No Longer On Top

From The Times (UK):
Not 'All Americans' Now

. . . The rest of the world has always had a complex set of attitudes towards America — a mixture of envy, admiration, disdain, gratitude, exasperation, hope and, sometimes, fear. But that day, that week, America evoked only the sort of strenuous affection that causes a complete stranger to go out and stick bills on lampposts.

But that instantaneous solidarity with a stricken superpower was not, as it turned out, anything like a good predictor of the history that would unfold over the next half a decade.

As it prepares to commemorate the fifth anniversary of the attacks, America stands reviled in the world as never before. It is a remarkable turnabout. In the same amount of time that elapsed between the assassination of Archduke Ferdinand and the Treaty of Versailles, in as many months as passed between Germany’s invasion of Poland and D-Day, the US has gone from innocent victim of unimaginable villainy to principal perpetrator of global suffering.

So complete has been this transformation in global sentiment that it is inconceivable now, should America be attacked again, today, that the tragedy would elicit the same response. There would be horror and sympathy in good measure, certainly, from most decent people. But there would also be much Schadenfreude, and even from the sympathetic a grim, unsmiling sense that America had reaped what it had sown.

The facts — the historical events — that have brought about this changed perception of America are not in dispute. They can be tracked chronologically, almost from the moment the twin towers came down . . .
From The Economist
America's longest war

A nation once joined together in shock and vulnerability is now riven by failure and recrimination . . .

The administration capitalised on the more vengeful mood to produce a wide-ranging response. On September 11th Mr Bush concluded that America was at war. That day, too, he stated that he would make no distinction between terrorists and those who harboured them. This rapidly became the “Bush doctrine”. America would not wait for the next attack: it would take the war to the enemy. That did not mean al-Qaeda alone. Any state sponsoring terrorists or supplying them with weapons of mass destruction (WMD) would be dealt with, even before the threat was fully developed. And America would not simply treat symptoms. It would tackle the causes of Islamic terrorism . . .

Might isn't right

The American left, in particular, has reverted to its pre-September 11th, and perhaps even pre-Clinton, suspicion of American power. A survey conducted by the Massachusetts Institute of Technology in November 2005 found that only 59% of Democrats still supported the decision to invade Afghanistan, compared with 94% of Republicans. A survey by the Century Foundation asked left-wingers and conservatives to rate their two main foreign-policy goals. Conservatives put destroying al-Qaeda at the top of their list; leftists put it at number ten . . .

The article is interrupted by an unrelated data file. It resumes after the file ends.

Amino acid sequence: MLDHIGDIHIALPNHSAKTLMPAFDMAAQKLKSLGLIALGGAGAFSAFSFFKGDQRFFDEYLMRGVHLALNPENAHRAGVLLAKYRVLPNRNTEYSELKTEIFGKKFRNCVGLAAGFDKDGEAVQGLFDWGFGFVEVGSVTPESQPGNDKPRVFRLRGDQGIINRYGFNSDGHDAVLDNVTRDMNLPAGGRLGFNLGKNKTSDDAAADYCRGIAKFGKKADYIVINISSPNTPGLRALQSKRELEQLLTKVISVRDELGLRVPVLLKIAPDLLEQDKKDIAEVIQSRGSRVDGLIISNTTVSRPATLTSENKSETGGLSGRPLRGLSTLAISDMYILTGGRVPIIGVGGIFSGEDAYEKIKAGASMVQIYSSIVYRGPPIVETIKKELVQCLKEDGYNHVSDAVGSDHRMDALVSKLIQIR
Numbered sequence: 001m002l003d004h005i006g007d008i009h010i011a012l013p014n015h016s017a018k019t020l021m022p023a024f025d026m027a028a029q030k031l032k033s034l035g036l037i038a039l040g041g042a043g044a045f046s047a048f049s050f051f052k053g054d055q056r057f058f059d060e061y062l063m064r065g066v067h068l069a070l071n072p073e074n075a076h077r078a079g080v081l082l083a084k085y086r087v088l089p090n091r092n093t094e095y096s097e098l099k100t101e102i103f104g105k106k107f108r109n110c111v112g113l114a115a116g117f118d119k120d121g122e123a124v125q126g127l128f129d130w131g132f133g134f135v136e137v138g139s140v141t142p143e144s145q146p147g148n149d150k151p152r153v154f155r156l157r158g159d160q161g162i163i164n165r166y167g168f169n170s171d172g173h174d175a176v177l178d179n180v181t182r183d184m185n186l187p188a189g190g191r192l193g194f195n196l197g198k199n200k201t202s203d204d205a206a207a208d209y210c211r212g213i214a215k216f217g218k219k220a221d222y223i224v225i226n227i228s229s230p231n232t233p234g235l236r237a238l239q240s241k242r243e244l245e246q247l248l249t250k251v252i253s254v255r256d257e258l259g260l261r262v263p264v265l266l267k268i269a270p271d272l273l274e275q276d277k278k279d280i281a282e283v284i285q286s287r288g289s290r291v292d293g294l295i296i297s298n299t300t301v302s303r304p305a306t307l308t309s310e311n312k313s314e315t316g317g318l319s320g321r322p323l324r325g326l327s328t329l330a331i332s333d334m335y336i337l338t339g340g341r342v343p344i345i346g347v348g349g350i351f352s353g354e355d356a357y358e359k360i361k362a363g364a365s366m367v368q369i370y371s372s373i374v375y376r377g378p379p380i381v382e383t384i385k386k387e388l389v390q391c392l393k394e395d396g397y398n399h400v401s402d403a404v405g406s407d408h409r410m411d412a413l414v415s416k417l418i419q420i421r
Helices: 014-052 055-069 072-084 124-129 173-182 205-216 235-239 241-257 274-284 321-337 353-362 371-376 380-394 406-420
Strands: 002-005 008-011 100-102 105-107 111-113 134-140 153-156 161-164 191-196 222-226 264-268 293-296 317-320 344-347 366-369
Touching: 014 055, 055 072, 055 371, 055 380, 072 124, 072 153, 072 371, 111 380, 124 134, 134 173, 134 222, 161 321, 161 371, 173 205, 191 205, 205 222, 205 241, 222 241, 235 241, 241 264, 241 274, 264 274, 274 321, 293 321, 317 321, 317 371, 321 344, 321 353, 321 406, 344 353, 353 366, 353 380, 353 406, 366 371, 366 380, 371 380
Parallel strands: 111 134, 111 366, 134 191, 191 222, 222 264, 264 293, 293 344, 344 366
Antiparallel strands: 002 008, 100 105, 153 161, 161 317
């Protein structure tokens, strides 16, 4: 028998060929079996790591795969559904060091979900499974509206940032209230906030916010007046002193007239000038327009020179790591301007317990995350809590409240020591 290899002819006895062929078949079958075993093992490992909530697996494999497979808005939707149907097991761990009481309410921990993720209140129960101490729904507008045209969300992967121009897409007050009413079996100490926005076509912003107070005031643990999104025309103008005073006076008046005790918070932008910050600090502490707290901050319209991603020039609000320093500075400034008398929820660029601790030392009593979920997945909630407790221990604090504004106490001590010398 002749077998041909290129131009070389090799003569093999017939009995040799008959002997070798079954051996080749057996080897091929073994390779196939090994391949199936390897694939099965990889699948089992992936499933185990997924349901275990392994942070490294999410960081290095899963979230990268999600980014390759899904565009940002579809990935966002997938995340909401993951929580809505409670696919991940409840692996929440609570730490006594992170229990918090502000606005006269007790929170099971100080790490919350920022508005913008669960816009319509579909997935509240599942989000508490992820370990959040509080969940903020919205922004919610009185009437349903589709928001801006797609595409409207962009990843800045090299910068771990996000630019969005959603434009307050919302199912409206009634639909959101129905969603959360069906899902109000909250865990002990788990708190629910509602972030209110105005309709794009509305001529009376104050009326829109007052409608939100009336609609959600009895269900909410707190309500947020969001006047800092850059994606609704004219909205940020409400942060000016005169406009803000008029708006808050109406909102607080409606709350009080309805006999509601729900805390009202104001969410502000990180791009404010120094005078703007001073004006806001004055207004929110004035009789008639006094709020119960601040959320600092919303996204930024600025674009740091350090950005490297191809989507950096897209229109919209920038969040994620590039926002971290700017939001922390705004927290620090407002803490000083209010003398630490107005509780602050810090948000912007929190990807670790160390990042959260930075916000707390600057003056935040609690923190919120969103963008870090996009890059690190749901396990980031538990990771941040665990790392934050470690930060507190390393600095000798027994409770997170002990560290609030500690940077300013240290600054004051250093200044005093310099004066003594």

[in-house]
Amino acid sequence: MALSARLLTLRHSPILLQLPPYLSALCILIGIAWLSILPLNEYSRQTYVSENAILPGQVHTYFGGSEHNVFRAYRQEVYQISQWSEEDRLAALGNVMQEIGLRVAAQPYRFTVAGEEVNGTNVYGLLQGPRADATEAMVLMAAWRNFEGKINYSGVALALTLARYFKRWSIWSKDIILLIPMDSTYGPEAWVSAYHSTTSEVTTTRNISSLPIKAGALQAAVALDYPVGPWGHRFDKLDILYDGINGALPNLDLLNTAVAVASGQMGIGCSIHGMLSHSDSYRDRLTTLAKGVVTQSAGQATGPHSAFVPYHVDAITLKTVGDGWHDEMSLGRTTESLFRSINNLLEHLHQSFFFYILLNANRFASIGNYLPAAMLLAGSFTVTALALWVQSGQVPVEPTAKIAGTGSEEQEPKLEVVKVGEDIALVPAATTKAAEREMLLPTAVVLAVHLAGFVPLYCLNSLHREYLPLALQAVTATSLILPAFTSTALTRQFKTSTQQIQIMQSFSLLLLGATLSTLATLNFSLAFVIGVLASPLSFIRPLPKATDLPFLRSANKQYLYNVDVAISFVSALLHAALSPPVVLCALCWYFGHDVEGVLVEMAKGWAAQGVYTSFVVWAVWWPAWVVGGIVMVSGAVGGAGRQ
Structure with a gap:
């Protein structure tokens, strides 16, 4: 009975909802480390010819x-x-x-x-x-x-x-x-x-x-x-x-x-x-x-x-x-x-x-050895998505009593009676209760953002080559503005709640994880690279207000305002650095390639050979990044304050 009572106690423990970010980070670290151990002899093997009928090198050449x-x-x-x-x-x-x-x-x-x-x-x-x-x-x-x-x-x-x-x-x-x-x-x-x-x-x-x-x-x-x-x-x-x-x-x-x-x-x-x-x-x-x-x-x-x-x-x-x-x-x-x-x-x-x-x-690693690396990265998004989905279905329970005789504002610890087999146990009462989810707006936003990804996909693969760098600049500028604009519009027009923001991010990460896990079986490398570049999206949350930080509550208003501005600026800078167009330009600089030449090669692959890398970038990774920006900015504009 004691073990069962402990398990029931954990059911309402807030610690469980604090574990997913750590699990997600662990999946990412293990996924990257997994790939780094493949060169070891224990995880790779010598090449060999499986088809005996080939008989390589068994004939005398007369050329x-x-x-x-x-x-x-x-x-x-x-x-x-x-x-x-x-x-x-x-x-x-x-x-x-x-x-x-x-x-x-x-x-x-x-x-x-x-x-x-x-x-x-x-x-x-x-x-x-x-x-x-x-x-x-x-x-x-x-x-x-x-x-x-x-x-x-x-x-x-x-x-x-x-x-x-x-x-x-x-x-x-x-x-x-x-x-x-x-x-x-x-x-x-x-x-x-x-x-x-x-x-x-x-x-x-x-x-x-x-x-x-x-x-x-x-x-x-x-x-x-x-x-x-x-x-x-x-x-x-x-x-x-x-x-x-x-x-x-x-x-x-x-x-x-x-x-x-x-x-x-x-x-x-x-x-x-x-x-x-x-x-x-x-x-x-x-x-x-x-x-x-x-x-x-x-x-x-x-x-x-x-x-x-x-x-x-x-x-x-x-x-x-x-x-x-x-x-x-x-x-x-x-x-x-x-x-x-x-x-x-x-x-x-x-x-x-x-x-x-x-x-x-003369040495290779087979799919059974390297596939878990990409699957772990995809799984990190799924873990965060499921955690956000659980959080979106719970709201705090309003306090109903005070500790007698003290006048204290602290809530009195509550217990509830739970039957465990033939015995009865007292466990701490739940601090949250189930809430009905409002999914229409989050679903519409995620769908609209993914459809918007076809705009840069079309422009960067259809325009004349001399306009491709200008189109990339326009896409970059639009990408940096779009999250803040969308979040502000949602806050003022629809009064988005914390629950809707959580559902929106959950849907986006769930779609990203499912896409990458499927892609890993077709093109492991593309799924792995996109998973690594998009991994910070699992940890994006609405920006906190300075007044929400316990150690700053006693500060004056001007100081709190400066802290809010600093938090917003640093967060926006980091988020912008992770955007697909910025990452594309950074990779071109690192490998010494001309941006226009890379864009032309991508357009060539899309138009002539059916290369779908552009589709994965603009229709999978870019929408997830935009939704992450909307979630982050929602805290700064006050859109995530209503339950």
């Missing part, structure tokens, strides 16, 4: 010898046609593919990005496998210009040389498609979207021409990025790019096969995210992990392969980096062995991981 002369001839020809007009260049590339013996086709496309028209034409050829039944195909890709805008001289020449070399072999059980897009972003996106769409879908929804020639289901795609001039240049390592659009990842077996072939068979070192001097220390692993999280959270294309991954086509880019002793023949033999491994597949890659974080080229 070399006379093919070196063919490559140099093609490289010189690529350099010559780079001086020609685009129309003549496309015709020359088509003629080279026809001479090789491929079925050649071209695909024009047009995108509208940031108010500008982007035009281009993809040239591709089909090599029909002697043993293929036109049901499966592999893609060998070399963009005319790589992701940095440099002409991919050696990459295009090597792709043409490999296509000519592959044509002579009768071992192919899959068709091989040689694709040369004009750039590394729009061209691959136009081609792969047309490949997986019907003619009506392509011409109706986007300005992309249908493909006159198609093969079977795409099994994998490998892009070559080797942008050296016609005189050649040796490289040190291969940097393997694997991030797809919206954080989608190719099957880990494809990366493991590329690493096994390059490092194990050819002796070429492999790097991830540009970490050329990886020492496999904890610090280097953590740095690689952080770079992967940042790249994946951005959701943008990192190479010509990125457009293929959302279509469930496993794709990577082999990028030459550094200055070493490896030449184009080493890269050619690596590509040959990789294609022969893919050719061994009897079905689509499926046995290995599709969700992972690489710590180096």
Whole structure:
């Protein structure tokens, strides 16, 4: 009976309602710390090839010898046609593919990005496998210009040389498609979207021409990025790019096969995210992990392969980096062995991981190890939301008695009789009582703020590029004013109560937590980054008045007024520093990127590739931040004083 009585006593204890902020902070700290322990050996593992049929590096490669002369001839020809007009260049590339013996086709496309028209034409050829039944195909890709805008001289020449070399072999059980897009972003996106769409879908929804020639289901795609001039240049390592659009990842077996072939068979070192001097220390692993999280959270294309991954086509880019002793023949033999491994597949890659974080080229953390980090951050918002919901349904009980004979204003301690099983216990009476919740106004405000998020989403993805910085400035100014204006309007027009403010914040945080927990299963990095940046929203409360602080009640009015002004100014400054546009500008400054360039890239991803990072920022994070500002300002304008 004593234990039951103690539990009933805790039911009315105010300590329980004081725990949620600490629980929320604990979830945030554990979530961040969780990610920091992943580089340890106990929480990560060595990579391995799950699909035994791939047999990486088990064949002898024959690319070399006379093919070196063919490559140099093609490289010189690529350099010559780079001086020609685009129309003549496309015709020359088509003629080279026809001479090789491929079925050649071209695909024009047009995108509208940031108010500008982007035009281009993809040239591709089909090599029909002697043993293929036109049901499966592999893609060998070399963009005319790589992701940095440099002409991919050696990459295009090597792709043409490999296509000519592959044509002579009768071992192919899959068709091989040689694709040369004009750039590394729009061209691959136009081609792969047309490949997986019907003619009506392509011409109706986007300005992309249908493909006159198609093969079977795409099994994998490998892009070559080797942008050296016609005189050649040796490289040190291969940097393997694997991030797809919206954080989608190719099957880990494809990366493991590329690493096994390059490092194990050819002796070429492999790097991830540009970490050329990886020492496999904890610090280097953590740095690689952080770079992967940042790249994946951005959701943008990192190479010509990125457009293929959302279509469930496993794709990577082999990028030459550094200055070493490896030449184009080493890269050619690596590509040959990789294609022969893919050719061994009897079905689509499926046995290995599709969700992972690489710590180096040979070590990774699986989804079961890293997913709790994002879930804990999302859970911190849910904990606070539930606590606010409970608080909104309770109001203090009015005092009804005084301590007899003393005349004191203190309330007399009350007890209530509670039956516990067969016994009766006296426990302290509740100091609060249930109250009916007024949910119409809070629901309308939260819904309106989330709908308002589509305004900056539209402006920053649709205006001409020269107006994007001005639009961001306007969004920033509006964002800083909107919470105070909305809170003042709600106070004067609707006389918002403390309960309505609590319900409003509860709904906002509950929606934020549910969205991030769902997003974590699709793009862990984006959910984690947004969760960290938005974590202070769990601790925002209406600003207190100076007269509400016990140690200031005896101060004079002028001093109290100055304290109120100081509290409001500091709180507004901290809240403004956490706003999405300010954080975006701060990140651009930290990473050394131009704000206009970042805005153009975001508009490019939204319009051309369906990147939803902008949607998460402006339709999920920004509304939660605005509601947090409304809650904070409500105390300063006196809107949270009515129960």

The concentration on national security reflects a second big change: America's new but continuing sense of vulnerability. This has deepened over the years. The war in Iraq has proved how difficult it is for America to use its military might to change the world. The fiasco of failing to find any WMD in Iraq underlined the weakness of its intelligence services. The response to Hurricane Katrina showed dramatically what several congressional reports had already pointed out: that the administration had done little to prepare for another catastrophic attack.

Lastly, September 11th has turned the Bush presidency into a big deal. Before the aircraft struck, Mr Bush looked like a small-bore president—divisive, to be sure, but divisive about little things. On the morning of September 11th Mr Bush was reading “My Pet Goat” to a class of second-graders. His speech-writer, Michael Gerson, was working on a speech on “Communities of Character”. America is now as divided as possible about Mr Bush. His supporters regard him as a “transformative” figure like Ronald Reagan. His critics view him as a catastrophe—possibly the worst president in American history, according to Sean Wilentz, a Princeton historian. But, thanks to September 11th, nobody can dismiss him as a mere footnote.
The neoconservatives have accomplished three of their goals: to destroy Afghanistan, which is now one big poppy field; to destroy Iraq, which is now one big killing field; and to destroy the United States, which is now one big leeching field.

Remember that the goal of globalization is the eradication of countries as such so their are no impediments to "free trade." Remember also that our government has mastered the art of Orwellian doublespeak. We still deploy a missile system called "Peacemaker."

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